A Vibratory Conveying Method for Planetary Regolith: Preliminary Experiment and Numerical Simulation
Planetary regolith conveying is an important process during planetary in situ resource utilization. After introducing finlike asperities on a longitudinally vibrated trough surface, we experimentally investigated the effects of vibration amplitude, frequency, and trough inclination angle on the particle flow state and directional conveying capacity. A numerical simulation based on the discrete element method (DEM) was then employed to study the detailed particle motion. Three flow states gradually appeared as the vibration strength increased: the particles remain stationary, flow down to the bottom of the trough, or directionally convey toward the discharge hole. The results indicated that the directional conveying capacity increased and decreased monotonically with increases in the vibration amplitude and trough inclination angle, respectively. The conveying capacity changed circuitously as the frequency increased and vanished when the frequency approached the resonant frequency of the trough. Additionally, according to the DEM simulation, breaking the force chains in the particle pile is necessary for conveying. The asymmetric force induced by the finlike asperities and its cumulative effect over time determines the particle flow state and conveying capacity. The particle flow velocity decreased as the granular layer height increased. This paper provides inspiration and guidance for designing a new type of conveyor for planetary regolith.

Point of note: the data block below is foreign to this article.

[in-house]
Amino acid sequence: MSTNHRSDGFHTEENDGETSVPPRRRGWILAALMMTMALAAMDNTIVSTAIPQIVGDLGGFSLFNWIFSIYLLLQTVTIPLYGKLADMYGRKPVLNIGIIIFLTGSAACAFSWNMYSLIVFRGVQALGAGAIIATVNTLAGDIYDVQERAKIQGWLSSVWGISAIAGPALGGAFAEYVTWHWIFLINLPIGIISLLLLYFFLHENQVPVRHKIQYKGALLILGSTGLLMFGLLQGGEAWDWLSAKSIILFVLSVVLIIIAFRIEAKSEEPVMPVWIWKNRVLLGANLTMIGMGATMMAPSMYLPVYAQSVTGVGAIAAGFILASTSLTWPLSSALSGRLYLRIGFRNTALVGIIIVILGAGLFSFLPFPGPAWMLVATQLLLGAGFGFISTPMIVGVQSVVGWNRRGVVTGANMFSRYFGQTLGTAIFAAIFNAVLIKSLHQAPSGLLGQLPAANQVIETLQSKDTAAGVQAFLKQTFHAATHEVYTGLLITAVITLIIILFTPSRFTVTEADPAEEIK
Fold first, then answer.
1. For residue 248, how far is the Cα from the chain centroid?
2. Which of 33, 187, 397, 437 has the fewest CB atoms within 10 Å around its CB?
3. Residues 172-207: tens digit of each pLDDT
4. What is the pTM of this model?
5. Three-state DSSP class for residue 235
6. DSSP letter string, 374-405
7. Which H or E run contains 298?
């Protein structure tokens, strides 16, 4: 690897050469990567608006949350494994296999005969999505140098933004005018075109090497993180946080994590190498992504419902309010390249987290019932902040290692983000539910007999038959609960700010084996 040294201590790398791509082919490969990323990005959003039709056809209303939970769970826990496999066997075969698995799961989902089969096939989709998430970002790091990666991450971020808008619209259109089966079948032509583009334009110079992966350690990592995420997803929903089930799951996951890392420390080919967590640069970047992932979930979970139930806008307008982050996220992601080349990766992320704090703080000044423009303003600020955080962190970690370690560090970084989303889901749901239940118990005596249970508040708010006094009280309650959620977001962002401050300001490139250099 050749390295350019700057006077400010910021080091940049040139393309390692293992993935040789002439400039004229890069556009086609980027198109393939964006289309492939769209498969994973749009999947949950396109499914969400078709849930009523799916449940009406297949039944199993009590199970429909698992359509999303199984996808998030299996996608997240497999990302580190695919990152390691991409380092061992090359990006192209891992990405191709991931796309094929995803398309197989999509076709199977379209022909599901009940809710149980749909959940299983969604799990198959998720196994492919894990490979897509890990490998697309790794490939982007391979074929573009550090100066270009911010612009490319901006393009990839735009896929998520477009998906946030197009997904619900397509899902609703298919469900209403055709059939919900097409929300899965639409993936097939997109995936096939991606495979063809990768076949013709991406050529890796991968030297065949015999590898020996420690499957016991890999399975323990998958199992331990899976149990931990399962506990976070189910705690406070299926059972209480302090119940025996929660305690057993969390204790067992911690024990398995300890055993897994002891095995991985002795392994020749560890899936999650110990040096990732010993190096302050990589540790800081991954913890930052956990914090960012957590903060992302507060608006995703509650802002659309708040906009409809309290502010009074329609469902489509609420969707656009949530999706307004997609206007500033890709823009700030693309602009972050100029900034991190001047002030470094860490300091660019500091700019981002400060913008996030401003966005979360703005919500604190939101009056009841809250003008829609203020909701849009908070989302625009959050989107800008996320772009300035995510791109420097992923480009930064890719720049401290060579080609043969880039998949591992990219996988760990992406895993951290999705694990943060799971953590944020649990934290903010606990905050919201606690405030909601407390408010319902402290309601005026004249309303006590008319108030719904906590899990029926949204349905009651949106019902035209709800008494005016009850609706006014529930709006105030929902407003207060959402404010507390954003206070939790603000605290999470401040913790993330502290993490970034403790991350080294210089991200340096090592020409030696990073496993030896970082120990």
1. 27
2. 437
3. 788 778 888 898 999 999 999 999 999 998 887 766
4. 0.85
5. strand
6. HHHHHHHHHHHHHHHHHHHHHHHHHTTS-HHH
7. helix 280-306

Keywords: Vibrations, Moon, Finite element analysis, Discharges (electric), Surface treatment, Surface texture, Resonant frequency